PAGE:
Editor’s corner: Population drain adds to labor stress
Jim Decker was clear and to the point during what was an evening to celebrate at the Conewango Club. As president and chief executive officer of the Warren County Chamber of Business and Industry, Decker told the crowd of more than 200 individuals gathered Nov. 18 on the second-floor dining room that declining population numbers must be addressed.
Decker noted the 2020 U.S. Census numbers that were released in August were not promising. Those figures showed 38,587 residents living in the rural county to our south. That is a loss of 7.7% when compared to 2010.
Does that sound familiar? It should to those who are elected to oversee Chautauqua County where losses totaled 5.3% to 127,657.
Being in Warren, at least, there was an urgency and acknowledgement regarding one of the most important issues affecting so many rural Northeast communities. On the New York state side, however, there’s just excuses and a woe is us attitude as leadership sidesteps a significant concern for our future.
Why is it so pressing? All one had to do was listen to those who spoke during the “Celebration of Excellence Gala” during that evening in Pennsylvania. Besides highlighting business achievements and milestones there were more than a few notes of concern that permeated the business community.
There is a major crisis regarding the lack of a workforce that is impacting some of our strongest companies. In Chautauqua County, Wells Foods Corp. has been advertising for workers nearly nonstop over the last 18 months. In the meantime, an $87 million expansion plan has taken place at the Dunkirk location and a new state of the art cold-storage facility is being built just outside the city.
It is not much different in Pennsylvania. There are help wanted signs dotting landscapes and mall locations.
One of the more stable industries, Whirley DrinkWorks! had 19 open positions as of Wednesday. Bob Sokolski, who helped build and grow the progressive company, did not shy away from discussing the lack of applicants. He also pleaded with Joe Scarnati, former President Pro Tempore of the Pennsylvania Senate and current U.S. Rep. Glenn Thompson to do something to possibly bring refugees from Afghanistan to the region.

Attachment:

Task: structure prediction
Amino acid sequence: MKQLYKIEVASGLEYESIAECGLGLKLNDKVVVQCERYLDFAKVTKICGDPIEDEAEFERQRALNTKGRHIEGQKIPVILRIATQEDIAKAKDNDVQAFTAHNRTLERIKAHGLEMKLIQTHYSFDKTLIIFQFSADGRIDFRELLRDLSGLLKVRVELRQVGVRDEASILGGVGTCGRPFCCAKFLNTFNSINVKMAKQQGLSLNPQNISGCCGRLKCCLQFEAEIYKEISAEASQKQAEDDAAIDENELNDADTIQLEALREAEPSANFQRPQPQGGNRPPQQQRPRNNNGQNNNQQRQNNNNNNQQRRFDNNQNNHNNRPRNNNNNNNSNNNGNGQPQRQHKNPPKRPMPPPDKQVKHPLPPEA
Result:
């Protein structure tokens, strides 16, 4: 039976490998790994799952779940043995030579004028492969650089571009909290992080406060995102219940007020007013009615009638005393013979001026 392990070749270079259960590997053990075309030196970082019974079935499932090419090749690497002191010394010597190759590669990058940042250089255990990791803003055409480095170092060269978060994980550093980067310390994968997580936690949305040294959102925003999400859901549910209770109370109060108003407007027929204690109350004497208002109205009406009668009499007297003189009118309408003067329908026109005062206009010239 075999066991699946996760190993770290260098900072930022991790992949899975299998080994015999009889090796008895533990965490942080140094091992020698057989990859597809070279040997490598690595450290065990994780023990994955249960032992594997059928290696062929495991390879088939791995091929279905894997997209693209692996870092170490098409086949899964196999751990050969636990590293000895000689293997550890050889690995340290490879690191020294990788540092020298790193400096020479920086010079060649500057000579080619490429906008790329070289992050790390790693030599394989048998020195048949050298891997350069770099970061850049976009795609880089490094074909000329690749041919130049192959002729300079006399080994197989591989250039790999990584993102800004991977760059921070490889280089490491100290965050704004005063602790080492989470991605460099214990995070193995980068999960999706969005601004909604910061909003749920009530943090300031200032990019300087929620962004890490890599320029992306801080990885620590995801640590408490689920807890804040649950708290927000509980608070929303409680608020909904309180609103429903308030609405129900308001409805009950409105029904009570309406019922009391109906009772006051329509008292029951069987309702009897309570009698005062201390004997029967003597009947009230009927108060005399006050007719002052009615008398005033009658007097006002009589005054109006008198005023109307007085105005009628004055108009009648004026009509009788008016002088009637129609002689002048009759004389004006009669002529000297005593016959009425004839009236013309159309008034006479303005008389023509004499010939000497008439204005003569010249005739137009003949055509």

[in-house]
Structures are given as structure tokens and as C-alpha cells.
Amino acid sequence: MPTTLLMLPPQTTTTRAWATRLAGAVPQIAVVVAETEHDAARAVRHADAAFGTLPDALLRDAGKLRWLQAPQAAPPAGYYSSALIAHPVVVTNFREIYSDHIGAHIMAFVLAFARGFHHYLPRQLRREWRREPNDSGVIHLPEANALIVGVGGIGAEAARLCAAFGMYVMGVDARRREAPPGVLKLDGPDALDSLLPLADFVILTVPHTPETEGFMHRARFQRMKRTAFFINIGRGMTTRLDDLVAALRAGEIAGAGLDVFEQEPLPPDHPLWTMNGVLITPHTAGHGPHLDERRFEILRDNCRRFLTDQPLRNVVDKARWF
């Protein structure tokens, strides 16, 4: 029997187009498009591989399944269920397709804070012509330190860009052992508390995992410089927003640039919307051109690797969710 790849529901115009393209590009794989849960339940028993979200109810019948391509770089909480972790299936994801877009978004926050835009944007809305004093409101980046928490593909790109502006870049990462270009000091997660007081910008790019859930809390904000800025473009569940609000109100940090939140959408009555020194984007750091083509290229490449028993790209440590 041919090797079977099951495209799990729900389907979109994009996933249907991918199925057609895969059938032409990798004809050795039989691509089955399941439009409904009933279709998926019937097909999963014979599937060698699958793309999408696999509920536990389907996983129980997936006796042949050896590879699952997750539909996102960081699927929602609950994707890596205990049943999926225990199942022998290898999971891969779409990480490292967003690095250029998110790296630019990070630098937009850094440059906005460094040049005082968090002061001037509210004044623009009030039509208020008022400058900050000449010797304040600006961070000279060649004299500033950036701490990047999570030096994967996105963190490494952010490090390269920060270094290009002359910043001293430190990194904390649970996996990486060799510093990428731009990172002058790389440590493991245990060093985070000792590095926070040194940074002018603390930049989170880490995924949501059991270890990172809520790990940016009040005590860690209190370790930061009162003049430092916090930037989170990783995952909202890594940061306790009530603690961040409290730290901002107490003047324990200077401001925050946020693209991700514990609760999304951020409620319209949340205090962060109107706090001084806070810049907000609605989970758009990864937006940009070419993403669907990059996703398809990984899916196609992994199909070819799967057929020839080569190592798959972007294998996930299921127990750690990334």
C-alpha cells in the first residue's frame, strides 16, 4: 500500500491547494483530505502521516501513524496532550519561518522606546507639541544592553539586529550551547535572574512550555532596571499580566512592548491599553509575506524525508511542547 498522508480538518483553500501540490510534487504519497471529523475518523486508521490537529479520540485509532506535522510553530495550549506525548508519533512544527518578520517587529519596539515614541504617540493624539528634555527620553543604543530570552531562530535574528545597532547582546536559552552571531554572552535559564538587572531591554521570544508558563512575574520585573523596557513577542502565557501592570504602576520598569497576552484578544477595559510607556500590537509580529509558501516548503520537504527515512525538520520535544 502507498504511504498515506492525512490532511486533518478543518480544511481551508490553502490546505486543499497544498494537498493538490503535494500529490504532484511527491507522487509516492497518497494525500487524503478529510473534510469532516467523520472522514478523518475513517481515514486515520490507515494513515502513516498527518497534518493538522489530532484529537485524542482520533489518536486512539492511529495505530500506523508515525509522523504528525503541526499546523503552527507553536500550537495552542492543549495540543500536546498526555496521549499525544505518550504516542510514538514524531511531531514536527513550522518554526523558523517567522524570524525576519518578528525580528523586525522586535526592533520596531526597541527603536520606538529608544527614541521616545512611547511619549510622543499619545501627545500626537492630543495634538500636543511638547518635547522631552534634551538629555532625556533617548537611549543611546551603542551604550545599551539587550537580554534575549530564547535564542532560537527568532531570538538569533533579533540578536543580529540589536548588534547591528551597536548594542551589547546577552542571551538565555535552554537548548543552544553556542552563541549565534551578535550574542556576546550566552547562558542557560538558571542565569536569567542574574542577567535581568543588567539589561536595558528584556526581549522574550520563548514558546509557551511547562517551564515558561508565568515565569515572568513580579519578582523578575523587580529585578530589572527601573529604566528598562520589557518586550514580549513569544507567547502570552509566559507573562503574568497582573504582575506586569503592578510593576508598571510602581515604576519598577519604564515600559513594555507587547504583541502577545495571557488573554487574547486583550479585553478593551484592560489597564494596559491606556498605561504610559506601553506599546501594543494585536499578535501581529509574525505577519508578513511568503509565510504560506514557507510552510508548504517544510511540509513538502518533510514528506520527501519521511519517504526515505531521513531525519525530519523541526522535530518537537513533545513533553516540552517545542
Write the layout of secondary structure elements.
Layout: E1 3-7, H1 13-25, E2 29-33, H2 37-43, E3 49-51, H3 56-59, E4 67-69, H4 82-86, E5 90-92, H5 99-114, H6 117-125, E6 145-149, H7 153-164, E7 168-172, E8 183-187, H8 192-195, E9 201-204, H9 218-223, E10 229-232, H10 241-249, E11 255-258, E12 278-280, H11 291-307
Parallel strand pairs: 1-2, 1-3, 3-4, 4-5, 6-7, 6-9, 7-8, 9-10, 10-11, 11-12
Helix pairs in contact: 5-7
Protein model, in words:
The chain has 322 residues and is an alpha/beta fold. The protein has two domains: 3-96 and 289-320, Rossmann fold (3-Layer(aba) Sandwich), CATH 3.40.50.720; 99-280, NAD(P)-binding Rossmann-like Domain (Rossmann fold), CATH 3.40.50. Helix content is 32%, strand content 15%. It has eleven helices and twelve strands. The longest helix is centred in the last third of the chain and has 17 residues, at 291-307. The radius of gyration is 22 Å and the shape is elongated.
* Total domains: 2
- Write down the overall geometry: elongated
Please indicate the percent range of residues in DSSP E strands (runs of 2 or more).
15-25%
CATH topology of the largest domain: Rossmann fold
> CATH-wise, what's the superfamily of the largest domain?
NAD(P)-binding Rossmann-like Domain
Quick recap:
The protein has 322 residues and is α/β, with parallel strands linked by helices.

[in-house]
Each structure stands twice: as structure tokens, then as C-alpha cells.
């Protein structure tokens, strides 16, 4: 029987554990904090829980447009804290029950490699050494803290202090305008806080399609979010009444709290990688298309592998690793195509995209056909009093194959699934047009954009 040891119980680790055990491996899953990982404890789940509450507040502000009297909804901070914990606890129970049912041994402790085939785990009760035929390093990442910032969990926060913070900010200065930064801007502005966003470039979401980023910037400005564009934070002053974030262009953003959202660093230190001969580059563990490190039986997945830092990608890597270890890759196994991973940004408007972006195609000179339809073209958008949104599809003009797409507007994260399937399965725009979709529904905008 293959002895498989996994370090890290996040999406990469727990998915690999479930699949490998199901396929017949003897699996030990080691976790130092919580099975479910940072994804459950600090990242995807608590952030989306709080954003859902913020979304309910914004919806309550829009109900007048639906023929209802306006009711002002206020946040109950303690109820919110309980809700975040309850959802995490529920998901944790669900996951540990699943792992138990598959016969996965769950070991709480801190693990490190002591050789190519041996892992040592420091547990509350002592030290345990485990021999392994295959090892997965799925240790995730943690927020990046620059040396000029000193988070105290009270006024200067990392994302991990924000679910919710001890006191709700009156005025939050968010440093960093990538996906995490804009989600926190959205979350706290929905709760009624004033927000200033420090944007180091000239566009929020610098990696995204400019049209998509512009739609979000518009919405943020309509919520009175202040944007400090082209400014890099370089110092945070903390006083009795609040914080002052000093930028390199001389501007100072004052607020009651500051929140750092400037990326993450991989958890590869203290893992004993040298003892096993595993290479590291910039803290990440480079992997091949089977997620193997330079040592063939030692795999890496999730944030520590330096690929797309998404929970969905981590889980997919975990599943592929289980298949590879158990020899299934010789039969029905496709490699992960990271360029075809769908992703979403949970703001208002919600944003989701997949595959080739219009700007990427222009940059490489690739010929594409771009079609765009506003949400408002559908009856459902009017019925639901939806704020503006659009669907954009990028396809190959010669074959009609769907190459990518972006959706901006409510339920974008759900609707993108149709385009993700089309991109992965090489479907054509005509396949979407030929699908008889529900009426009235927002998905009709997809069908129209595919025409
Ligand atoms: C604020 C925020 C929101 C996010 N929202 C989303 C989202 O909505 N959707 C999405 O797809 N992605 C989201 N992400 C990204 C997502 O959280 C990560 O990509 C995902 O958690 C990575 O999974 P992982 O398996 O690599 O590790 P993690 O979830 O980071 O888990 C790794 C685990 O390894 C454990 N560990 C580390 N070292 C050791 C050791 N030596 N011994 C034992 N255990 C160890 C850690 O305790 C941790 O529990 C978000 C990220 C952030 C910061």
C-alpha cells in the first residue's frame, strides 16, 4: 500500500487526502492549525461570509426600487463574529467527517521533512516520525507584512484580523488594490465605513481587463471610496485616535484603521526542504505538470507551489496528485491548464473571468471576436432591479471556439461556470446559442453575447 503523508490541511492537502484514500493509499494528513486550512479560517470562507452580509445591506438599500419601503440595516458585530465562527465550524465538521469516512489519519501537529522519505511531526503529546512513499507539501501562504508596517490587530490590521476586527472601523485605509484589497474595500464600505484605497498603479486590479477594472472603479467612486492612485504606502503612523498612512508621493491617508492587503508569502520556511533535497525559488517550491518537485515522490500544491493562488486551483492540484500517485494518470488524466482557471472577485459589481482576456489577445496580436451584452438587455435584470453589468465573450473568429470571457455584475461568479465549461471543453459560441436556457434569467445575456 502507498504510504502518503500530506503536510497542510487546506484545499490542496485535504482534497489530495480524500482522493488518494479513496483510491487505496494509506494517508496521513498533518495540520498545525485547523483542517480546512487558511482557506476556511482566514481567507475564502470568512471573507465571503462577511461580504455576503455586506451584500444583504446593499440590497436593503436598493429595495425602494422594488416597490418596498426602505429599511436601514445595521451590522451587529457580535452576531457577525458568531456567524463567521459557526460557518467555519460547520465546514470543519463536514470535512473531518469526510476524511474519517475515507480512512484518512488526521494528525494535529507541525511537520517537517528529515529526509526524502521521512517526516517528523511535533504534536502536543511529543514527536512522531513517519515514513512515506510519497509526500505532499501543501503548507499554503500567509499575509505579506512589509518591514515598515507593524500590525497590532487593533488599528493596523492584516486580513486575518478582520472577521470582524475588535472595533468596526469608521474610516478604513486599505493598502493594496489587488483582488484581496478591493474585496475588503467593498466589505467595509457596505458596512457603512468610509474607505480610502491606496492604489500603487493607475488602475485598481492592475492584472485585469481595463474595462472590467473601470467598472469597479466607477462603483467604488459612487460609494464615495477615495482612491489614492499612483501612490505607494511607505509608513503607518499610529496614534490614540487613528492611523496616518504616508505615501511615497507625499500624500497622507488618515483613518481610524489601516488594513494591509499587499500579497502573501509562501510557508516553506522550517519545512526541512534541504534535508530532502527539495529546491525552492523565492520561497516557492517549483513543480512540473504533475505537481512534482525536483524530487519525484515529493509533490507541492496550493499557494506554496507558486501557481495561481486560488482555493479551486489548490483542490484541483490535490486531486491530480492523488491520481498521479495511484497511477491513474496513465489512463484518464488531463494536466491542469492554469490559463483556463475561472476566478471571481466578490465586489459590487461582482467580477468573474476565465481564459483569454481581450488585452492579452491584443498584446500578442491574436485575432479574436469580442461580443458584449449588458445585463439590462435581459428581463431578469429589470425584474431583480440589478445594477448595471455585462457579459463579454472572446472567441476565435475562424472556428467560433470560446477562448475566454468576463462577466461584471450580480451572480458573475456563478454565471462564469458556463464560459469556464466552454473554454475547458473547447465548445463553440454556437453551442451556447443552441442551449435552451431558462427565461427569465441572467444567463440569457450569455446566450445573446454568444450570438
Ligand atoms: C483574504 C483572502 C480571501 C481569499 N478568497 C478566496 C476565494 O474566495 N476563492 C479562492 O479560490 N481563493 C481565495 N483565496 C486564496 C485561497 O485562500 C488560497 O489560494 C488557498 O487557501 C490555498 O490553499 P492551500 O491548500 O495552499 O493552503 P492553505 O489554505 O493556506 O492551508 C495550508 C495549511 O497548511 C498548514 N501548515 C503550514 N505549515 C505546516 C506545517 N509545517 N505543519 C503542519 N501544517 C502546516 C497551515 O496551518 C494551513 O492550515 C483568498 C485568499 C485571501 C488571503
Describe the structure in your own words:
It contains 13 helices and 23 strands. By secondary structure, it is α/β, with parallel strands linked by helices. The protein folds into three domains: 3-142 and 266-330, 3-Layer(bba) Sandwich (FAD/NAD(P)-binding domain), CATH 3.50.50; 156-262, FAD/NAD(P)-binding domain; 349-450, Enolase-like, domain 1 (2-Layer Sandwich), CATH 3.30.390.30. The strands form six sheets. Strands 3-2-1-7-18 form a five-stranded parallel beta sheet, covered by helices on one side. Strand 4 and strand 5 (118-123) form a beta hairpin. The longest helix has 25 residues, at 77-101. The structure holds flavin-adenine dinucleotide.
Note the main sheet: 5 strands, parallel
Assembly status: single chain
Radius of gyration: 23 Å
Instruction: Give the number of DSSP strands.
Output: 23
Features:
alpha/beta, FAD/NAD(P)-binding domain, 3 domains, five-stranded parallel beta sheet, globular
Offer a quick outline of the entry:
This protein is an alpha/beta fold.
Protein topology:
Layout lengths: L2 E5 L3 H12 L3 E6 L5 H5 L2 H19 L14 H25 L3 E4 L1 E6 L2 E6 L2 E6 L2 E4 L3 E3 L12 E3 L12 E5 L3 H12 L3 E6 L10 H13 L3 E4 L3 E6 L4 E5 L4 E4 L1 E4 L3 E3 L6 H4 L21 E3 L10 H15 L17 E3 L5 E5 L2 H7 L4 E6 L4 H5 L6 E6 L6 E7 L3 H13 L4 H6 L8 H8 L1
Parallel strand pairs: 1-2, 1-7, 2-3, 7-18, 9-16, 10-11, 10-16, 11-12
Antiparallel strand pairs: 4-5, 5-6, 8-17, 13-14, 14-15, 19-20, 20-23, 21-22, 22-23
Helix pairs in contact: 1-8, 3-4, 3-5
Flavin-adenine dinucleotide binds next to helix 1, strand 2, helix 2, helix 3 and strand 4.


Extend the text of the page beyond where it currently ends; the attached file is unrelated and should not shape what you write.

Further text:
Even though this great country was built on the premise of many Europeans arriving to a new world in North America, there is a great deal of worry that is associated with this idea. A recent piece “Data debunks insidious myths about immigration” published on the Bloomberg Law website offers a different perspective. It discusses the findings of a recent book, “Immigration: Key to the Future — the Benefits of Resettlement to upstate New York.”
Overwhelmingly, those arriving to this region are bringing with them opportunities and investment. “The data is clear: Refugees pay taxes, rebuild housing stock, open stores, and fill open jobs, offsetting the demographic and economic decline in low-income, rural New York communities,” the Bloomberg Law article noted. “In upstate New York … immigrant households had more than $10.3 billion in spending power after taxes, representing 7% of all spending power in upstate New York — well more than their share of the population for the region.”
Besides that, immigrants are coming here to work. “The truth that New York faces is that a combination of an aging workforce, baby boomer retirements, declining birth rates and outward migration of long-term residents imperils the future of smaller communities nationwide,” the Bloomberg Law article notes. “This void continues to be filled by immigrants who as a group serve as an important engine to our future stability and economic welfare.”
It is one potential solution that both counties, with so much in common when it comes to demographics and its political leanings, need to embrace.
Warren is at least paying attention to the dwindling numbers. It is long past the time for Chautauqua County to do the same.
John D’Agostino is the editor of the Times Observer, The Post-Journal and OBSERVER in Dunkirk, N.Y. Send comments to email@example.com or call 723-8200, ext. 253.